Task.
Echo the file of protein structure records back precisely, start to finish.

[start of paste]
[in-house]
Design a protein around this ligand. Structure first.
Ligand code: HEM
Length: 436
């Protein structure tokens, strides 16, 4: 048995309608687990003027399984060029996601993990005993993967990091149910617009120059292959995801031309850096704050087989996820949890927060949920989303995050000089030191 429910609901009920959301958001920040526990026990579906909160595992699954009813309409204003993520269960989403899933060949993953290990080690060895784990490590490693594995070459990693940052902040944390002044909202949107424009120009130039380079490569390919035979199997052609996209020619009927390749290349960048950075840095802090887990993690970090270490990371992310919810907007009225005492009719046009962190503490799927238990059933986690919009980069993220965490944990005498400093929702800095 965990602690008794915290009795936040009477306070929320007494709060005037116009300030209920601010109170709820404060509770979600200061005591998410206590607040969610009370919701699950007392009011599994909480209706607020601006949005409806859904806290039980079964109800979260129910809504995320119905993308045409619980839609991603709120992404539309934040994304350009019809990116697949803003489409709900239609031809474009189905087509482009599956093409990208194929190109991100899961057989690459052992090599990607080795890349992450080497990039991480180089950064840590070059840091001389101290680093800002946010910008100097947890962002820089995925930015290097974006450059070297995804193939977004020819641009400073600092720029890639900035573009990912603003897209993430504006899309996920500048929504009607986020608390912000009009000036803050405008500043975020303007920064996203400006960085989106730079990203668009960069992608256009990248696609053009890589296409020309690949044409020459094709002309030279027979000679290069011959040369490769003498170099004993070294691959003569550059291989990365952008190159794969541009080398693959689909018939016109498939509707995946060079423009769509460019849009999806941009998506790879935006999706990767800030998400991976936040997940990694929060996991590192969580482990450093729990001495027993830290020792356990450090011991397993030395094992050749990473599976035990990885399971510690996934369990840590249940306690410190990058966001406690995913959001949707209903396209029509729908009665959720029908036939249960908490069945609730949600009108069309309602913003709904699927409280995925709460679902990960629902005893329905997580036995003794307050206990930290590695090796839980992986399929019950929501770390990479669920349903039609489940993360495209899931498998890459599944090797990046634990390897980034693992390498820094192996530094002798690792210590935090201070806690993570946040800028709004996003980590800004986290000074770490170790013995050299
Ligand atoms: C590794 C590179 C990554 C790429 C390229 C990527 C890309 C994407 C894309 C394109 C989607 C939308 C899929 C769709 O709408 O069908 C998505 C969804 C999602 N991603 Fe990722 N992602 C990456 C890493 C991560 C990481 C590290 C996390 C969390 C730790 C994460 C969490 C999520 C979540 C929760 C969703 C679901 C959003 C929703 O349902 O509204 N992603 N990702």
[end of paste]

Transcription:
[in-house]
Design a protein around this ligand. Structure first.
Ligand code: HEM
Length: 436
């Protein structure tokens, strides 16, 4: 048995309608687990003027399984060029996601993990005993993967990091149910617009120059292959995801031309850096704050087989996820949890927060949920989303995050000089030191 429910609901009920959301958001920040526990026990579906909160595992699954009813309409204003993520269960989403899933060949993953290990080690060895784990490590490693594995070459990693940052902040944390002044909202949107424009120009130039380079490569390919035979199997052609996209020619009927390749290349960048950075840095802090887990993690970090270490990371992310919810907007009225005492009719046009962190503490799927238990059933986690919009980069993220965490944990005498400093929702800095 965990602690008794915290009795936040009477306070929320007494709060005037116009300030209920601010109170709820404060509770979600200061005591998410206590607040969610009370919701699950007392009011599994909480209706607020601006949005409806859904806290039980079964109800979260129910809504995320119905993308045409619980839609991603709120992404539309934040994304350009019809990116697949803003489409709900239609031809474009189905087509482009599956093409990208194929190109991100899961057989690459052992090599990607080795890349992450080497990039991480180089950064840590070059840091001389101290680093800002946010910008100097947890962002820089995925930015290097974006450059070297995804193939977004020819641009400073600092720029890639900035573009990912603003897209993430504006899309996920500048929504009607986020608390912000009009000036803050405008500043975020303007920064996203400006960085989106730079990203668009960069992608256009990248696609053009890589296409020309690949044409020459094709002309030279027979000679290069011959040369490769003498170099004993070294691959003569550059291989990365952008190159794969541009080398693959689909018939016109498939509707995946060079423009769509460019849009999806941009998506790879935006999706990767800030998400991976936040997940990694929060996991590192969580482990450093729990001495027993830290020792356990450090011991397993030395094992050749990473599976035990990885399971510690996934369990840590249940306690410190990058966001406690995913959001949707209903396209029509729908009665959720029908036939249960908490069945609730949600009108069309309602913003709904699927409280995925709460679902990960629902005893329905997580036995003794307050206990930290590695090796839980992986399929019950929501770390990479669920349903039609489940993360495209899931498998890459599944090797990046634990390897980034693992390498820094192996530094002798690792210590935090201070806690993570946040800028709004996003980590800004986290000074770490170790013995050299
Ligand atoms: C590794 C590179 C990554 C790429 C390229 C990527 C890309 C994407 C894309 C394109 C989607 C939308 C899929 C769709 O709408 O069908 C998505 C969804 C999602 N991603 Fe990722 N992602 C990456 C890493 C991560 C990481 C590290 C996390 C969390 C730790 C994460 C969490 C999520 C979540 C929760 C969703 C679901 C959003 C929703 O349902 O509204 N992603 N990702």